Bobby Lee Endless Skyways

Tompkins Square
23rd June 2023

Format Info

Black Vinyl LP
Endless Skyways is Bobby Lee’s third full album and second release on Tompkins Square. Returning to the full band sound of his debut, the name Endless Skyways is borrowed from a line in Woody Guthrie’s This Land Is Your Land, one of the cornerstones of American music. That song’s mix of the terrestrial (“ribbons of highway”) and celestial consciousness encapsulates Lee’s brand of widescreen cosmic americana; a duality also evident in the album’s split between deep-fried rural rock and ambient country. Dusty boots but third eye open.
Opener and lead single Reds For A Blue Planet inhabits a geographically different realm to any of Lee’s previous work, equal parts Michael Chapman’s Anglo-Primitivism and Tinariwen’s desert-choogle. Slowdive/Mojave 3’s Ian McCutcheon turns in a muscular drum performance, with just a hint of sleng-teng creeping into Mark Armstrong’s bassline. The title hints at an ecological frustration which radiates through the taut, spiraling, modal grooves.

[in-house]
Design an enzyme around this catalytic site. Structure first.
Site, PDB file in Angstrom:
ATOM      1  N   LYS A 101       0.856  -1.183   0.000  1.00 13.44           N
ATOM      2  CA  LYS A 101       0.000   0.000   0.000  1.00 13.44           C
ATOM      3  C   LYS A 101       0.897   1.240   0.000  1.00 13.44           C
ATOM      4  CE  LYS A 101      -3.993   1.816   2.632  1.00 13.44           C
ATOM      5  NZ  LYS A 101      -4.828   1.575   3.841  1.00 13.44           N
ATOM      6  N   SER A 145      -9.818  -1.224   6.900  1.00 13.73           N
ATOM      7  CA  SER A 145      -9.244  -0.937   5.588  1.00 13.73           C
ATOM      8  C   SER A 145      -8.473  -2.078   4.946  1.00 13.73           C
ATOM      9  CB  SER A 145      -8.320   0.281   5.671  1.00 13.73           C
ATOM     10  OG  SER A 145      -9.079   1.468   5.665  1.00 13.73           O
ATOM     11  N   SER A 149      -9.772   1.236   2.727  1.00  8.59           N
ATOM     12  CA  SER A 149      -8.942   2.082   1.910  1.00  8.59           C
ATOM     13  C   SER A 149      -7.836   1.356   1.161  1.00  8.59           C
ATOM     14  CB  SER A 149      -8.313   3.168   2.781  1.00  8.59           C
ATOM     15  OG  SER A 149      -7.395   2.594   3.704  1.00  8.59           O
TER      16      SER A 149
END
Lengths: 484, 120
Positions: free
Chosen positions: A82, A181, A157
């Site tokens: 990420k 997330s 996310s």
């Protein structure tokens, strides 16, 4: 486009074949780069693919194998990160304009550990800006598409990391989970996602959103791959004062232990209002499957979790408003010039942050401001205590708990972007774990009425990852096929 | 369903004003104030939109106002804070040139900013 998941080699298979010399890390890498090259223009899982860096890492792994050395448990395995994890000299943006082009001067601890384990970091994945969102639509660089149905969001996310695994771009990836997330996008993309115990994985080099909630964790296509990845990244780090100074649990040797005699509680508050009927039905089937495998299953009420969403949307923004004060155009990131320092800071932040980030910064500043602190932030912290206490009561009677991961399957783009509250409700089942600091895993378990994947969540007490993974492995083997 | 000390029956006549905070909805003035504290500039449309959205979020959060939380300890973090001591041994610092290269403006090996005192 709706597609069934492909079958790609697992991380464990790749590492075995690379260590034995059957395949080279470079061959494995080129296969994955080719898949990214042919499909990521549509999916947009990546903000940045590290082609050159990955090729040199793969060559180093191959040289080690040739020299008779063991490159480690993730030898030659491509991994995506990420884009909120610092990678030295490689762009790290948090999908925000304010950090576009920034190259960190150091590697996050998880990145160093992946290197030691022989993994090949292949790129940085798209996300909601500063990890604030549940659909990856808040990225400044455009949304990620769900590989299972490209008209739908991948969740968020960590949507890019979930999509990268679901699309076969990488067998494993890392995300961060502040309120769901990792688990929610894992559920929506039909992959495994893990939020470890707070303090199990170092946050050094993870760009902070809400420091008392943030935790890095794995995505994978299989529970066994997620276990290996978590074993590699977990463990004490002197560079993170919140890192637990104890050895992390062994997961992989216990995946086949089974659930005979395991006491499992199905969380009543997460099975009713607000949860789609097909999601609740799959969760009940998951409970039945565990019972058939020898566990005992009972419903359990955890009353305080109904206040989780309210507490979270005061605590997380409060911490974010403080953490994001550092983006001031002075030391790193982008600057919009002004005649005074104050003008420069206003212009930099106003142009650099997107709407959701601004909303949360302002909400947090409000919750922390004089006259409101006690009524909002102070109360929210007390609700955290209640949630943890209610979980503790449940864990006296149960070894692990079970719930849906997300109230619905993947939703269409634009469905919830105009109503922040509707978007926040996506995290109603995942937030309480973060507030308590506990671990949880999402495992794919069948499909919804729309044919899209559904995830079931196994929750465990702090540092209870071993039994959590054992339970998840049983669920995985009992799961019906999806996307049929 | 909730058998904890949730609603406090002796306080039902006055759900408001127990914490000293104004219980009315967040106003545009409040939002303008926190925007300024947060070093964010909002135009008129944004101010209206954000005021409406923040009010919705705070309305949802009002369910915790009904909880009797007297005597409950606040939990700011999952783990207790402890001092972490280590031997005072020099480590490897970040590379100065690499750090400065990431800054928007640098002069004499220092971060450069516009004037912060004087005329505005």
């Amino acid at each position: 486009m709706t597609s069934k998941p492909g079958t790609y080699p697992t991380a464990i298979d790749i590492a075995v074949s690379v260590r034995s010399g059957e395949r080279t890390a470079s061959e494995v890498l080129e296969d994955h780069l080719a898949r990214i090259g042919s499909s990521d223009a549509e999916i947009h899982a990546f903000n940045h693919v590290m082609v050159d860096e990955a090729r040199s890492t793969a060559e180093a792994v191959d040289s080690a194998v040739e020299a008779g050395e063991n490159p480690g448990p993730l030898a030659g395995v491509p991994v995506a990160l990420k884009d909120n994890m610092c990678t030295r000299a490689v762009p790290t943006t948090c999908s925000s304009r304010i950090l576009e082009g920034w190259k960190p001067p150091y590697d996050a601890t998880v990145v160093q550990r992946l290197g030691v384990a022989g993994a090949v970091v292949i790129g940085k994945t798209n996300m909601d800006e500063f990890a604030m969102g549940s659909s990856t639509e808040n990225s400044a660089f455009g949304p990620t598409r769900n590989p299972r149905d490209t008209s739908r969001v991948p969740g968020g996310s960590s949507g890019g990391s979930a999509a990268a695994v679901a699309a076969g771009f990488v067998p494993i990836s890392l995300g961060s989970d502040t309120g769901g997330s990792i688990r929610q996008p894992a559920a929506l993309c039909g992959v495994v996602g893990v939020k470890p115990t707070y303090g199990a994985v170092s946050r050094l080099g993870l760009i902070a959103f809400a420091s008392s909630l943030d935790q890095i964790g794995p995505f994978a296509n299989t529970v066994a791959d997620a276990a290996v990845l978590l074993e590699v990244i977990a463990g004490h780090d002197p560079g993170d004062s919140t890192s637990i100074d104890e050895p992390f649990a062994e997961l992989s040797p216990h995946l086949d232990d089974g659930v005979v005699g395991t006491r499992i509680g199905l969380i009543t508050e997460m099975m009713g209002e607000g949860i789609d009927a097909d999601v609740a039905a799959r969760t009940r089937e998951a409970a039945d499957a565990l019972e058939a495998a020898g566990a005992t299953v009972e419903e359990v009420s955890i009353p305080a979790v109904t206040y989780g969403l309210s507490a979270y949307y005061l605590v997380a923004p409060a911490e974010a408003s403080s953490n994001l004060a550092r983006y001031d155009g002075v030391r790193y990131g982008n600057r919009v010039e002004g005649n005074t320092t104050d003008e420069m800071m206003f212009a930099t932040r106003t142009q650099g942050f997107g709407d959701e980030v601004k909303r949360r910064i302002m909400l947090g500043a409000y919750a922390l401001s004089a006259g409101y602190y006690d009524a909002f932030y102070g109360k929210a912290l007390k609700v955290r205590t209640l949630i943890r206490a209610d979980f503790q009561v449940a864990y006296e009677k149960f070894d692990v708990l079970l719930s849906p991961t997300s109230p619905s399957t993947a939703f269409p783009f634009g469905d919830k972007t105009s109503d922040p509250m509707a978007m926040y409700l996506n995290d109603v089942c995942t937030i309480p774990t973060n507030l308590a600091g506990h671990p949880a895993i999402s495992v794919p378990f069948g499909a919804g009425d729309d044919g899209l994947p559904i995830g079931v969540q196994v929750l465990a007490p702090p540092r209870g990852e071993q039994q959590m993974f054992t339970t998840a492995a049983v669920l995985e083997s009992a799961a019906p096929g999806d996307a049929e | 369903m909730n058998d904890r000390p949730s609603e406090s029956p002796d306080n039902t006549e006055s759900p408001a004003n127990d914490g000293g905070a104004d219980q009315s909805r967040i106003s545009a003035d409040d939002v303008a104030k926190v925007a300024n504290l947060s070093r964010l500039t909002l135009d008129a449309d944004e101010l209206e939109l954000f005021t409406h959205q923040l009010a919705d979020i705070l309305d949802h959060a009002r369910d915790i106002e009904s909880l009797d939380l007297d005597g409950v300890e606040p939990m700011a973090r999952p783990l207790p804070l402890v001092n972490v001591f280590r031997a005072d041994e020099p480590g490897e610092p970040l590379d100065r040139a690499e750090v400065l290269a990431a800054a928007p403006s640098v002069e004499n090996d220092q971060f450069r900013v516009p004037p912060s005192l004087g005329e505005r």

Origin Myths’ Impregnated by Drops of Rainbow is revisited here in full band garb, shifting gear from the 117 seconds of skeletal krautrock into almost 7 minutes of soaring Kosmiche Country, complete with a glistening pedal steel solo from Joe Harvey-Whyte. Neu Riders of The Purple Sage, if you will.
Thunder Travels To Loftier Mountain Heights is a gradually evolving waking dream of gently chugging tremolo and delicate interplay between Piano (a rare foray away from the drums from Guy Whittaker) and Fender Rhodes, redolent of Brightblack Morning Light, or Spirit of Eden-era Talk Talk. Picture the scene; a gang of slow movin’ outlaws briefly glimpsing eternity after a rare downpour in the desert. McCutcheon’s drums echo through the canyons and out into space…
The woozy swamp rock of Acid Grassland is a return to more familiar territory for Bobby; an ancient drum machine moseys along with a loping groove and riff straight outta Cosmo’s Factory. Joe Harvey-Whyte appears again with the most fuzzed-out pedal steel this side of Sneaky Pete on Christine’s Tune.